Our protagonists are Giuliano Cangiano, illustrator, and Gianluca Ferro, writer. Artistically they are known as the well-worn satirical duo Kanjano&Ferro, that for years has persevered.. in under and over-ground magazines, national papers such as L’Unità and Liberazione as well as persistent appearances in the digital world of the web.
1/ 'Hi boys! Want to taste a little biscuit?' 'Erm not really' 'Ask her if there is a vegetarian empanada!'
2/ 'Italians? Ah! On holidays!' 'Erm, more or less' 'Ask her if she has a friend at least'
3/ 'Nice to meet you, senyorita' 'What are you, Zorro?!'
4/ 'Nice to meet you too...'
5/ 'How I'd love to travel in Italy...' 'If you want to come to Roma I have a little house there, my lovely' 'We could make so many children' 'Can you ask her if she has a friend or not!?'
6/ 'And at night you'd take me on a little gondola?' 'Shut up!'
7/ 'I'd love you until the end, my love'
'Going east would have been way too cool, so we decided to draw comparisons with people and stereotypes whose echoes reach us loudest,' explains Kanjano. So our heroes leave behind the wheel of an old, gas equipped Japanese van, having found a sponsor within a matter of hours (a firm which actually supplies gas equipment!). Under the July sun, they are on a voyage which takes them to the Côte d’Azur, the Pyrenees, Catalonia, Andalusia, Extremadura, Portugal, Galicia and the Basque Country, armed only with pencils and notebooks and with the most classical stereotypes of the imaginary European pop chart in their heads - baguettes, castanets, toreadors...
But the stereotypes end here, after only a handful of sketches: the pair don’t even attempt an in-depth or banal sociological study, and the rest of the pages slide away lightly and quickly, like the mid-morning break at school. 'We didn’t want to describe Europe,' explains Kanjano. 'To do that, you’d have to ride on your bike for ten years.' They simply want to 'tell their story' around little bits of Europe , by using the medium of the travel diary, gathering impromptu impressions and translating them into images, drawings and sketches.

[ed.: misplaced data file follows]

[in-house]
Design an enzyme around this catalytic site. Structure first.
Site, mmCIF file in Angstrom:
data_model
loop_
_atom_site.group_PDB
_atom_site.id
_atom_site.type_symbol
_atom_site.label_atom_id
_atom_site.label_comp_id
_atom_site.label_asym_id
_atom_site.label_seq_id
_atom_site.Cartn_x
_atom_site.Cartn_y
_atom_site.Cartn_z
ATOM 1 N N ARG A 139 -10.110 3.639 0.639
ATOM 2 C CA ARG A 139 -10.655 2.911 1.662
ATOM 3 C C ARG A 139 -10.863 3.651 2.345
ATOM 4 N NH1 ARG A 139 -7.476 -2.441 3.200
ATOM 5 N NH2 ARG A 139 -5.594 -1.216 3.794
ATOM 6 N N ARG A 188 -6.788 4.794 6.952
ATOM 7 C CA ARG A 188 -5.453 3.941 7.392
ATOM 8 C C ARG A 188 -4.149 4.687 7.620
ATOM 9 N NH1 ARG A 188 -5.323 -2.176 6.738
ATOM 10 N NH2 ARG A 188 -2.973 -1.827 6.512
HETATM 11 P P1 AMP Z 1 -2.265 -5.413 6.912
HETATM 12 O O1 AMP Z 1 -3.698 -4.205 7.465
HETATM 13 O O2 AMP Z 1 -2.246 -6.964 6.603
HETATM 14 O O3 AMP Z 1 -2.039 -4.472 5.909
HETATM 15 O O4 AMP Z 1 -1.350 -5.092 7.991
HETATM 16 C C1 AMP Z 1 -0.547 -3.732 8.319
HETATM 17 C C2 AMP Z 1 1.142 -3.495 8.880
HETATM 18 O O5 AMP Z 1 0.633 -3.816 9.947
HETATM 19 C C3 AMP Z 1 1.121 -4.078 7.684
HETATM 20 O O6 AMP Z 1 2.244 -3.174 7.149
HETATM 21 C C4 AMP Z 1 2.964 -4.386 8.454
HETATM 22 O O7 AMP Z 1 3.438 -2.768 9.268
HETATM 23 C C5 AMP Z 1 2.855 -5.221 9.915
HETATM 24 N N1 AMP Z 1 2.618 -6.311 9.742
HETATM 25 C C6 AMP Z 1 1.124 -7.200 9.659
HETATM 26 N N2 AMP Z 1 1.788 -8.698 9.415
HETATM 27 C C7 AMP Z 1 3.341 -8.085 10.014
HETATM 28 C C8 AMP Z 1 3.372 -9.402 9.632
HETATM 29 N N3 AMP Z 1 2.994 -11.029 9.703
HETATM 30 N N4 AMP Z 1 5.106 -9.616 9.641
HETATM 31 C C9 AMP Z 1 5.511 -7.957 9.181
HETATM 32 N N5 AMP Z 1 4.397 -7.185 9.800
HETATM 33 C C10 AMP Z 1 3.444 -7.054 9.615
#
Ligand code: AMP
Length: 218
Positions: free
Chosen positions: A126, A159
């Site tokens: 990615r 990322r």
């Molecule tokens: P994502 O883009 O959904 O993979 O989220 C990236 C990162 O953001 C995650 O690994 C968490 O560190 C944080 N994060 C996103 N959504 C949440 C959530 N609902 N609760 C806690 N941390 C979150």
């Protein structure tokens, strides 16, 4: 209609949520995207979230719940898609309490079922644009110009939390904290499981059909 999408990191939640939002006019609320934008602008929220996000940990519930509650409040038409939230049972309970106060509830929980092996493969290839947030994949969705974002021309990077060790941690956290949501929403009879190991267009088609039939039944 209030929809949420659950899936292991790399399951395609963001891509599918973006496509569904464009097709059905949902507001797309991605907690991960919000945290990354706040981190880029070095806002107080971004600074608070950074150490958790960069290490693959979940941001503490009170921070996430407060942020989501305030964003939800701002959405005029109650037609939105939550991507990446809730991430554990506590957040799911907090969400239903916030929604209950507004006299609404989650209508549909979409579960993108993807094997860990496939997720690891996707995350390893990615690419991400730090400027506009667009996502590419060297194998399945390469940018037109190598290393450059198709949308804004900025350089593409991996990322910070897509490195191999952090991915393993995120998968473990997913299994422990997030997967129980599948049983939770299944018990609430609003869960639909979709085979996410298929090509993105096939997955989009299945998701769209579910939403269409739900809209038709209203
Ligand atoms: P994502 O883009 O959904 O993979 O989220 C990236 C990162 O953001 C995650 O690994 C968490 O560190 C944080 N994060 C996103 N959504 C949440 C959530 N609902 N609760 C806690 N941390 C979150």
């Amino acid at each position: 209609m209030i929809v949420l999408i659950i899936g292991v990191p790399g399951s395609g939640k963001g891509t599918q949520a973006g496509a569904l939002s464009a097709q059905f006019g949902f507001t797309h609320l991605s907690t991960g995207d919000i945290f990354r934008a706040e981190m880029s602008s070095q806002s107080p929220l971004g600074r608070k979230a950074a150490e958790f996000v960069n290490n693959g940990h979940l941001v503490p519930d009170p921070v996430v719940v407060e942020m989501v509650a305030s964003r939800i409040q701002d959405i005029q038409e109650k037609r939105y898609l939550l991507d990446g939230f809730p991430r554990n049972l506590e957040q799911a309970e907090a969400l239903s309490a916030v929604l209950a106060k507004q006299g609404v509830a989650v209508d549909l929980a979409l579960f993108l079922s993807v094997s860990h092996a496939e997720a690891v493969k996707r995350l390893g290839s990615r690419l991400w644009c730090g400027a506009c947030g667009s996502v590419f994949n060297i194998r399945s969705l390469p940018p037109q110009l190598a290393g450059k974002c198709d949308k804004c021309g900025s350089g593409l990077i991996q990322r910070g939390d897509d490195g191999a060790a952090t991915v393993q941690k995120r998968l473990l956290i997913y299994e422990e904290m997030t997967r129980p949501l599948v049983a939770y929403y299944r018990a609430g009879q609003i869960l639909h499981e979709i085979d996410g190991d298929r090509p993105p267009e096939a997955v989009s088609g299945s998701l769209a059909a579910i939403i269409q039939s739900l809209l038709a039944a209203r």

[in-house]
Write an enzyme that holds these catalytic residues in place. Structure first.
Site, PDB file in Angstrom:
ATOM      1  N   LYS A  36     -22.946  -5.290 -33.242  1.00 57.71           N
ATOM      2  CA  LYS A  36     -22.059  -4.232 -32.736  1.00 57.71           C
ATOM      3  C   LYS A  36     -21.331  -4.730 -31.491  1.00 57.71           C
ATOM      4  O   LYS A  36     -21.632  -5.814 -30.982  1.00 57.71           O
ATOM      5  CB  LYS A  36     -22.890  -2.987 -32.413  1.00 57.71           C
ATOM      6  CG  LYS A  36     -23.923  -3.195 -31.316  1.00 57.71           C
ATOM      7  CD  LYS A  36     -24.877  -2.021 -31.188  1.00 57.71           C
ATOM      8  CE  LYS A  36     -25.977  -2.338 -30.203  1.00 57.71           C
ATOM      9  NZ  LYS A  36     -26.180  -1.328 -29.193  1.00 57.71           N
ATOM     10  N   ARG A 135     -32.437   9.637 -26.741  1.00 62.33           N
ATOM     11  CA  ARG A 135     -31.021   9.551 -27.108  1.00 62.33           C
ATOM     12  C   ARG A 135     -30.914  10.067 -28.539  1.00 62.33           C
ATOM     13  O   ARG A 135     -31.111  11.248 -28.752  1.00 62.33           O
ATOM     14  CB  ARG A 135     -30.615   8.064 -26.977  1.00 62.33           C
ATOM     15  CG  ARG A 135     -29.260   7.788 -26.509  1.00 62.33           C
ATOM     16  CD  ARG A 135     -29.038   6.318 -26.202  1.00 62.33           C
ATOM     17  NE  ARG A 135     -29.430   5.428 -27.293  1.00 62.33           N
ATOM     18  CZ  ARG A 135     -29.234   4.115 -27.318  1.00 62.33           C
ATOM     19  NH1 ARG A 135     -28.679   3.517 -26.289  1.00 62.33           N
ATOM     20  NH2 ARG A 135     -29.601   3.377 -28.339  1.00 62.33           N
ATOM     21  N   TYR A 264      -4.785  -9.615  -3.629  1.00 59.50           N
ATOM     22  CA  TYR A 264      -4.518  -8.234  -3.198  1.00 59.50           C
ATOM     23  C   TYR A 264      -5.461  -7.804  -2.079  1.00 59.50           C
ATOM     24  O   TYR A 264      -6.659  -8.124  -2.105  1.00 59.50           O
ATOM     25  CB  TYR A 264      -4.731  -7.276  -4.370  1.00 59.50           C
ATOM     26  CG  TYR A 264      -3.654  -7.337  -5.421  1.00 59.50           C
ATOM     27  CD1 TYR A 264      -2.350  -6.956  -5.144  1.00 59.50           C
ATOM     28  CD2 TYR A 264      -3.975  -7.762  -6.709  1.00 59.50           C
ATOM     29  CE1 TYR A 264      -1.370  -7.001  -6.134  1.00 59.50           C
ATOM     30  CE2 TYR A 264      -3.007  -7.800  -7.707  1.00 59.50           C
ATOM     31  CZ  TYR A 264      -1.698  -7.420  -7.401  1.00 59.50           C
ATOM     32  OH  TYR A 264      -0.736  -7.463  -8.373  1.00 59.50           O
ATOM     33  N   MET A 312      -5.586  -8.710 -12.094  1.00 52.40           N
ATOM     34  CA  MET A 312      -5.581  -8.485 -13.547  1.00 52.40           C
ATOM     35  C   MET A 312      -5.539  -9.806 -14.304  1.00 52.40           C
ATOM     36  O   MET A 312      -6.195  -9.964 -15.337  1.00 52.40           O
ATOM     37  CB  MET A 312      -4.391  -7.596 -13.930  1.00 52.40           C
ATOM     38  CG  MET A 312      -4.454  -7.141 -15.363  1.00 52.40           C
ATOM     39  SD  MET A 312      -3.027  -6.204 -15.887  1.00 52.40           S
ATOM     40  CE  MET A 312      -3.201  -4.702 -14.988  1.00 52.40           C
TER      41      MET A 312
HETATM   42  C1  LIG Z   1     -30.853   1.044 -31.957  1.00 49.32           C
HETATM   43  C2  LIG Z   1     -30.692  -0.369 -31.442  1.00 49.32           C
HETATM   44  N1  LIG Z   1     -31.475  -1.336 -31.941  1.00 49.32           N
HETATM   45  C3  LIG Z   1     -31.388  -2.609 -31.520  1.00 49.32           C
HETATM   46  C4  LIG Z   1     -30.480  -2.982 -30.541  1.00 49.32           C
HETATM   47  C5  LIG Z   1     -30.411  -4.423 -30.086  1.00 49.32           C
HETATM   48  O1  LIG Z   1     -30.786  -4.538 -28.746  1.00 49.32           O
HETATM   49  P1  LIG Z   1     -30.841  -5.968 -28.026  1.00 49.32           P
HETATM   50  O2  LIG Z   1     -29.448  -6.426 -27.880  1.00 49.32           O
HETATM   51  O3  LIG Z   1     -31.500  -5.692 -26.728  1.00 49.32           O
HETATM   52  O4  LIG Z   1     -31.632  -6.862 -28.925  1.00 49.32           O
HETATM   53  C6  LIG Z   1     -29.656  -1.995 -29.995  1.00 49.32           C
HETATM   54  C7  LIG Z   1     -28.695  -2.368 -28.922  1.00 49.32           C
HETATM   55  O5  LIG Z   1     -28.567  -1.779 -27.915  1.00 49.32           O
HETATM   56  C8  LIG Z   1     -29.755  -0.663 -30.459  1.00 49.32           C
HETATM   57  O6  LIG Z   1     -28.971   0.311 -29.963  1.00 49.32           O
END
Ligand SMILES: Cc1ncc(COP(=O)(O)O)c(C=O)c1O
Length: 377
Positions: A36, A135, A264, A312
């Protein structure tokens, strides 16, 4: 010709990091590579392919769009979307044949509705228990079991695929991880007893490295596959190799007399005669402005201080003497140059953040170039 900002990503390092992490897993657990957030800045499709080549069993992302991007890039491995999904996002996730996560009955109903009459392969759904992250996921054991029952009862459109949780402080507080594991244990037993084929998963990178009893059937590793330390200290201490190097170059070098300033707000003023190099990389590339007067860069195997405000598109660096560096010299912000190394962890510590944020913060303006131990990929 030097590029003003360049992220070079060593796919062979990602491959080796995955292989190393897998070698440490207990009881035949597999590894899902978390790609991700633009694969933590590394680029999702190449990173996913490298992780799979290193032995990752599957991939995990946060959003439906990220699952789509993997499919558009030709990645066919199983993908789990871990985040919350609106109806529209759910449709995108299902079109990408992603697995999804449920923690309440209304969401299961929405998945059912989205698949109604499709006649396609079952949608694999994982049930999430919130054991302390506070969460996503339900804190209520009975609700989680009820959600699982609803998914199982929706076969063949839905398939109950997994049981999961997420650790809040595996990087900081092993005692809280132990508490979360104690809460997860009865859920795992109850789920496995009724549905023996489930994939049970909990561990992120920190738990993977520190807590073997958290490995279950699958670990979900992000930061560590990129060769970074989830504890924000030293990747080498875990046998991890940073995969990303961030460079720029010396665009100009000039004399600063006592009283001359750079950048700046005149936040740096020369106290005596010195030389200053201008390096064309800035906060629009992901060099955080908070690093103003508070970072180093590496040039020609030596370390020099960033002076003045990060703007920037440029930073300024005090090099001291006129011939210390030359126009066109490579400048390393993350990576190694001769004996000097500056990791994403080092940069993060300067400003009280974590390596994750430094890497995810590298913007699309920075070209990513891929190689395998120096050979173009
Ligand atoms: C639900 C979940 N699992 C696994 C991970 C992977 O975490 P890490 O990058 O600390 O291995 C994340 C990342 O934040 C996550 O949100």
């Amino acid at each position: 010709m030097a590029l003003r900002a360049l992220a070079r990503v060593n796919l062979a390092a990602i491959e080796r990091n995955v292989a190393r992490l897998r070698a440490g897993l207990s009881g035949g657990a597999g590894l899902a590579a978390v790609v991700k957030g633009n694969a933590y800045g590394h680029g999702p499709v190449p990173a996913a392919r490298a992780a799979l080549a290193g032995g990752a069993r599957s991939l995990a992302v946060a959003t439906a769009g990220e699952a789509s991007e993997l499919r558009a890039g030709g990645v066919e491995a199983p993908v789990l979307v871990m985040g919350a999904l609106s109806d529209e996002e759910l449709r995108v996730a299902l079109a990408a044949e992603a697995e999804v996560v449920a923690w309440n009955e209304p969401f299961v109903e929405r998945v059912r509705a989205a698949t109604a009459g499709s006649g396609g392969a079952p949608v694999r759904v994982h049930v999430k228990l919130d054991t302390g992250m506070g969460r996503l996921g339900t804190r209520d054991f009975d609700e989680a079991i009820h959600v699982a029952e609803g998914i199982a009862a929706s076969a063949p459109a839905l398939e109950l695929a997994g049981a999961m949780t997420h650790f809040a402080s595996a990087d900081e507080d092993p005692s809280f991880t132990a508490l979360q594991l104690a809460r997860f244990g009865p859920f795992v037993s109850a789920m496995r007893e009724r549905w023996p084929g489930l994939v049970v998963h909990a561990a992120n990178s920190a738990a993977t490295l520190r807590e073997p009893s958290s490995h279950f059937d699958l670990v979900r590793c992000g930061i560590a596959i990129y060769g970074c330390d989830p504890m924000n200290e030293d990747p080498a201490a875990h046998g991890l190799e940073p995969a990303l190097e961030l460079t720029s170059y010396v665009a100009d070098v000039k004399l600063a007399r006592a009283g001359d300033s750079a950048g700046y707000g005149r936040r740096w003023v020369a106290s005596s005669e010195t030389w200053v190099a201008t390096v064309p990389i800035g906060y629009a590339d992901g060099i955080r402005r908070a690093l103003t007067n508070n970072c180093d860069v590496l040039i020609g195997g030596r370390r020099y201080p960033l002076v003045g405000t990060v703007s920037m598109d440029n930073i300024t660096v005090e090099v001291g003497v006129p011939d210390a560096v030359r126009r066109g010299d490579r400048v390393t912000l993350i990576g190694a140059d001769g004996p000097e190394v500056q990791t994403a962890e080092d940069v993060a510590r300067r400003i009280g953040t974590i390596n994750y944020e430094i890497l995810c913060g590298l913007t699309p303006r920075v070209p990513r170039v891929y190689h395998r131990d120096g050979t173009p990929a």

Here’s the first postcard of the summer of 2009 from a Marseille devoured by flames, when, inJuly 2009, hundreds of hectares of woodland were transformed into a distressing lunar landscape. Then another flash, from Arles, where they are overwhelmed by the aggressive 'territorial marketing' of the French town, which attacks them assuredly between fake religious relics and Roman heritage mingled with places where Van Gogh used to live, in an 'all-inclusive package' aimed at the most streetwise tourist. 'Many of the places we visited present themselves as bait for tourists, making use of every kind of stereotype for their marketing strategies,' observes Kanjano. 'To think that people can be the same as these incredibly generic images is completely crazy.'
But maybe the juiciest and most unexpected sketch comes from Bilbao, when they run into in an ETA celebration on the evening of 30 July, when in the space of a few hours the separatist Basque organisation is credited with two bombings in Burgos and Majorca. They receive only elusive answers to repeated requests of what is being celebrated, or faces which close up behind a grammatically incorrect no compriendo. 'The truth is that you can’t talk about ETA in Basque Country, it’s impossible. It's almost like the Sicilian omertà (code of silence).'
And Kanjano&Ferro know something about omertà. Both are from Catania and met at the offices of Erroneo in 2001, a small independent counter-information, anti-mafia publication, which had to close four years agounder pressure and lawsuits from powerful local people. After that experience, the two young authors decided to leave Sicily, and their artistic partnership has endured since then. So have they have found the European soul which they had wanted to meet up close and personal? 'We must have met a thousand souls,' says Kanjano. 'It would be impossible to summarise them all.'
So it's up to me to try to summarise Europe 2009 A.D.: Ventimiglia, Côte d’Azur, Marseille, Arles, Montpellier, Carcasonne, Bilbao, Gijon, Santiago and Oporto are the geography of this work, but in 1958, the Italian director Alessandro Blasetti – also looking for the European spirit in his documentary Europe by night - dealt with an itinerary which connected the great capitals like Paris, Rome, Berlin, Madrid and Moscow; there is now a change in the geographical perspective. This in itself shows a different way of picturing contemporary Europe.
Illustration: ©kanjano/ Flickr